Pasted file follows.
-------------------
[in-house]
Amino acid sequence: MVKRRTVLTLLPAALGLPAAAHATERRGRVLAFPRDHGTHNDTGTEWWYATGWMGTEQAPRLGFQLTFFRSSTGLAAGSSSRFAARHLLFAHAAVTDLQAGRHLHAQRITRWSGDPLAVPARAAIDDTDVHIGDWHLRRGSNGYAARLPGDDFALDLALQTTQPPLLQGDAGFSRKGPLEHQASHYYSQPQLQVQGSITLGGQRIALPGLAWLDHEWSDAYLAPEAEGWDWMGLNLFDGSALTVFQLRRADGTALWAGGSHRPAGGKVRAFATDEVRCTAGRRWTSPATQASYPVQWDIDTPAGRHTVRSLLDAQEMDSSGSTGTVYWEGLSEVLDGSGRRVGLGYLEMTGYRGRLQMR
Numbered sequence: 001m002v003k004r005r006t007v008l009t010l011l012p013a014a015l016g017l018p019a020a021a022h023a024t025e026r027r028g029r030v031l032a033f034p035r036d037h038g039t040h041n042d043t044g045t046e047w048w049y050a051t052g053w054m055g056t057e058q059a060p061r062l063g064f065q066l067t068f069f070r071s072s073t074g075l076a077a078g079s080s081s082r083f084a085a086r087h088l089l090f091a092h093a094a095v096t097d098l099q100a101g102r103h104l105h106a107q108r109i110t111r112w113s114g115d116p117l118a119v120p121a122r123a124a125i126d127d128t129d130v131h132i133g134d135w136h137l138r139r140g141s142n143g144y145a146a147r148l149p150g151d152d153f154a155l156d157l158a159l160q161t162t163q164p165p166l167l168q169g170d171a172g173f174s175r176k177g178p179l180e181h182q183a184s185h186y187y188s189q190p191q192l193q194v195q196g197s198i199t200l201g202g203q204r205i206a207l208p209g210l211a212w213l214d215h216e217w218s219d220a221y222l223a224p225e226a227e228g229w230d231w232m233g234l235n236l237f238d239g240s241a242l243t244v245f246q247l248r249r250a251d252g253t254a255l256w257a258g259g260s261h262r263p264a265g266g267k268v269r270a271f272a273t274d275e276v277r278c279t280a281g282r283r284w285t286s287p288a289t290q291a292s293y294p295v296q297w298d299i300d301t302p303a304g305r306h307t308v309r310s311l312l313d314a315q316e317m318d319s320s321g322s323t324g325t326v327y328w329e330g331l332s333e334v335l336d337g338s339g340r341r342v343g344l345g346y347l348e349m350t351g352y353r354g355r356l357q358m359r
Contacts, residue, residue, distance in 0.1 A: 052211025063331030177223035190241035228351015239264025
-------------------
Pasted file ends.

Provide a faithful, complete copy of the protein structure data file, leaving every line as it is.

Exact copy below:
[in-house]
Amino acid sequence: MVKRRTVLTLLPAALGLPAAAHATERRGRVLAFPRDHGTHNDTGTEWWYATGWMGTEQAPRLGFQLTFFRSSTGLAAGSSSRFAARHLLFAHAAVTDLQAGRHLHAQRITRWSGDPLAVPARAAIDDTDVHIGDWHLRRGSNGYAARLPGDDFALDLALQTTQPPLLQGDAGFSRKGPLEHQASHYYSQPQLQVQGSITLGGQRIALPGLAWLDHEWSDAYLAPEAEGWDWMGLNLFDGSALTVFQLRRADGTALWAGGSHRPAGGKVRAFATDEVRCTAGRRWTSPATQASYPVQWDIDTPAGRHTVRSLLDAQEMDSSGSTGTVYWEGLSEVLDGSGRRVGLGYLEMTGYRGRLQMR
Numbered sequence: 001m002v003k004r005r006t007v008l009t010l011l012p013a014a015l016g017l018p019a020a021a022h023a024t025e026r027r028g029r030v031l032a033f034p035r036d037h038g039t040h041n042d043t044g045t046e047w048w049y050a051t052g053w054m055g056t057e058q059a060p061r062l063g064f065q066l067t068f069f070r071s072s073t074g075l076a077a078g079s080s081s082r083f084a085a086r087h088l089l090f091a092h093a094a095v096t097d098l099q100a101g102r103h104l105h106a107q108r109i110t111r112w113s114g115d116p117l118a119v120p121a122r123a124a125i126d127d128t129d130v131h132i133g134d135w136h137l138r139r140g141s142n143g144y145a146a147r148l149p150g151d152d153f154a155l156d157l158a159l160q161t162t163q164p165p166l167l168q169g170d171a172g173f174s175r176k177g178p179l180e181h182q183a184s185h186y187y188s189q190p191q192l193q194v195q196g197s198i199t200l201g202g203q204r205i206a207l208p209g210l211a212w213l214d215h216e217w218s219d220a221y222l223a224p225e226a227e228g229w230d231w232m233g234l235n236l237f238d239g240s241a242l243t244v245f246q247l248r249r250a251d252g253t254a255l256w257a258g259g260s261h262r263p264a265g266g267k268v269r270a271f272a273t274d275e276v277r278c279t280a281g282r283r284w285t286s287p288a289t290q291a292s293y294p295v296q297w298d299i300d301t302p303a304g305r306h307t308v309r310s311l312l313d314a315q316e317m318d319s320s321g322s323t324g325t326v327y328w329e330g331l332s333e334v335l336d337g338s339g340r341r342v343g344l345g346y347l348e349m350t351g352y353r354g355r356l357q358m359r
Contacts, residue, residue, distance in 0.1 A: 052211025063331030177223035190241035228351015239264025